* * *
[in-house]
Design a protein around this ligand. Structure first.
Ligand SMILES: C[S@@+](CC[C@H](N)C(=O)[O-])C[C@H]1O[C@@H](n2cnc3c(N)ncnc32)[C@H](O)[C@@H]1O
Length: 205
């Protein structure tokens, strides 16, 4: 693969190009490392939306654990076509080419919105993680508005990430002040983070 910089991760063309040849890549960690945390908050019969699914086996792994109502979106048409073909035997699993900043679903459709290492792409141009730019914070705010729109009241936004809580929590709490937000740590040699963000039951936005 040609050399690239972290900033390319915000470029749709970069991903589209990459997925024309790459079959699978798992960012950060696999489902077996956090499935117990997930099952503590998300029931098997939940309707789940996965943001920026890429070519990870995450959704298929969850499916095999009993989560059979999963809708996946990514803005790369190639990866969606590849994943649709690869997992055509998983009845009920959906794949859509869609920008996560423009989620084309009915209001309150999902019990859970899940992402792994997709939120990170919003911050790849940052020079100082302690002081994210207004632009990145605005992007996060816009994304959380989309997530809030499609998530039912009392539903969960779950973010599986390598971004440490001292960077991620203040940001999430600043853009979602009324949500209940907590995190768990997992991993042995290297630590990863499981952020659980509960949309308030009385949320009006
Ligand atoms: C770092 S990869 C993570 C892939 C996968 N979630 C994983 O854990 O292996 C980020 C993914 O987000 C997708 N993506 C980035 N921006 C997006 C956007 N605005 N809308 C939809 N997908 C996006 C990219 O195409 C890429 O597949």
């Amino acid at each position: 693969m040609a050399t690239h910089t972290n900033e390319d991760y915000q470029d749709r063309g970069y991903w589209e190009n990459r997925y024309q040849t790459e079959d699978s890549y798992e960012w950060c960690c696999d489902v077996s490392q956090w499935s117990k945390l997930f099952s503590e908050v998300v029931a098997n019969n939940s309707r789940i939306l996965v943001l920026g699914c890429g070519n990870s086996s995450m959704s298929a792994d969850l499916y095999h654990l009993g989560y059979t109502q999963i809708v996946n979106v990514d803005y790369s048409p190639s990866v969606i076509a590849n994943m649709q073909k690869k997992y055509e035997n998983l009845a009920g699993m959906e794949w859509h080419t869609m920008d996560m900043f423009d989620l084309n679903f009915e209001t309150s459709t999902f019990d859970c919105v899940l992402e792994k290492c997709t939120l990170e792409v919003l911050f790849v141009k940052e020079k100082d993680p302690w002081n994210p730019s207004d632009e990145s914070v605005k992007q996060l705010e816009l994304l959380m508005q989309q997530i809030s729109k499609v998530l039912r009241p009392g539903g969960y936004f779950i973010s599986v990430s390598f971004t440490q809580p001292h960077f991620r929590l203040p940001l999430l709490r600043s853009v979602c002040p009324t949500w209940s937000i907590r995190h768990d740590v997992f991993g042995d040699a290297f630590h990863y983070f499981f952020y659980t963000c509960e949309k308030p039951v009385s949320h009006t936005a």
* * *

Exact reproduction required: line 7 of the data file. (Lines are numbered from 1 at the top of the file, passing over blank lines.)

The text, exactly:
């Amino acid at each position: 693969m040609a050399t690239h910089t972290n900033e390319d991760y915000q470029d749709r063309g970069y991903w589209e190009n990459r997925y024309q040849t790459e079959d699978s890549y798992e960012w950060c960690c696999d489902v077996s490392q956090w499935s117990k945390l997930f099952s503590e908050v998300v029931a098997n019969n939940s309707r789940i939306l996965v943001l920026g699914c890429g070519n990870s086996s995450m959704s298929a792994d969850l499916y095999h654990l009993g989560y059979t109502q999963i809708v996946n979106v990514d803005y790369s048409p190639s990866v969606i076509a590849n994943m649709q073909k690869k997992y055509e035997n998983l009845a009920g699993m959906e794949w859509h080419t869609m920008d996560m900043f423009d989620l084309n679903f009915e209001t309150s459709t999902f019990d859970c919105v899940l992402e792994k290492c997709t939120l990170e792409v919003l911050f790849v141009k940052e020079k100082d993680p302690w002081n994210p730019s207004d632009e990145s914070v605005k992007q996060l705010e816009l994304l959380m508005q989309q997530i809030s729109k499609v998530l039912r009241p009392g539903g969960y936004f779950i973010s599986v990430s390598f971004t440490q809580p001292h960077f991620r929590l203040p940001l999430l709490r600043s853009v979602c002040p009324t949500w209940s937000i907590r995190h768990d740590v997992f991993g042995d040699a290297f630590h990863y983070f499981f952020y659980t963000c509960e949309k308030p039951v009385s949320h009006t936005a």